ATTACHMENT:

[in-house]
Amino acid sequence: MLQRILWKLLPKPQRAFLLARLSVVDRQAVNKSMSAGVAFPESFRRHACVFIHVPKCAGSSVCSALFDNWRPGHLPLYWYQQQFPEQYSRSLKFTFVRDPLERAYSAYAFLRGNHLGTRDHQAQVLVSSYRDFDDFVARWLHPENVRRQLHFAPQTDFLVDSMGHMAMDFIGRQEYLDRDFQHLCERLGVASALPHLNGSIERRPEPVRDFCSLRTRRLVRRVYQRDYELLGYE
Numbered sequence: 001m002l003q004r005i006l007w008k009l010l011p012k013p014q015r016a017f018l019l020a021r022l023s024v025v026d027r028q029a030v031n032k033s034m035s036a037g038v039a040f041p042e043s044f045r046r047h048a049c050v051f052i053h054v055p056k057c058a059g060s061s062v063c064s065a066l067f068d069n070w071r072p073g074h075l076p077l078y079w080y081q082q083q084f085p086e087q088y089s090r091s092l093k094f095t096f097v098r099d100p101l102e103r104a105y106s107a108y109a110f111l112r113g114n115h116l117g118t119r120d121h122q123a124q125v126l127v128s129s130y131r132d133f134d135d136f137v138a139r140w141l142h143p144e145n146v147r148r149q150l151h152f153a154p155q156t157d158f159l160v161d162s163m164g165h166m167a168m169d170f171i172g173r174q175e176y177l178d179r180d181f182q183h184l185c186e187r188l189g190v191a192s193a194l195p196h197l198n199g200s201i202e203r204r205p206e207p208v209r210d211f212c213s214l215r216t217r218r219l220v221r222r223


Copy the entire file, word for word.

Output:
[in-house]
Amino acid sequence: MLQRILWKLLPKPQRAFLLARLSVVDRQAVNKSMSAGVAFPESFRRHACVFIHVPKCAGSSVCSALFDNWRPGHLPLYWYQQQFPEQYSRSLKFTFVRDPLERAYSAYAFLRGNHLGTRDHQAQVLVSSYRDFDDFVARWLHPENVRRQLHFAPQTDFLVDSMGHMAMDFIGRQEYLDRDFQHLCERLGVASALPHLNGSIERRPEPVRDFCSLRTRRLVRRVYQRDYELLGYE
Numbered sequence: 001m002l003q004r005i006l007w008k009l010l011p012k013p014q015r016a017f018l019l020a021r022l023s024v025v026d027r028q029a030v031n032k033s034m035s036a037g038v039a040f041p042e043s044f045r046r047h048a049c050v051f052i053h054v055p056k057c058a059g060s061s062v063c064s065a066l067f068d069n070w071r072p073g074h075l076p077l078y079w080y081q082q083q084f085p086e087q088y089s090r091s092l093k094f095t096f097v098r099d100p101l102e103r104a105y106s107a108y109a110f111l112r113g114n115h116l117g118t119r120d121h122q123a124q125v126l127v128s129s130y131r132d133f134d135d136f137v138a139r140w141l142h143p144e145n146v147r148r149q150l151h152f153a154p155q156t157d158f159l160v161d162s163m164g165h166m167a168m169d170f171i172g173r174q175e176y177l178d179r180d181f182q183h184l185c186e187r188l189g190v191a192s193a194l195p196h197l198n199g200s201i202e203r204r205p206e207p208v209r210d211f212c213s214l215r216t217r218r219l220v221r222r223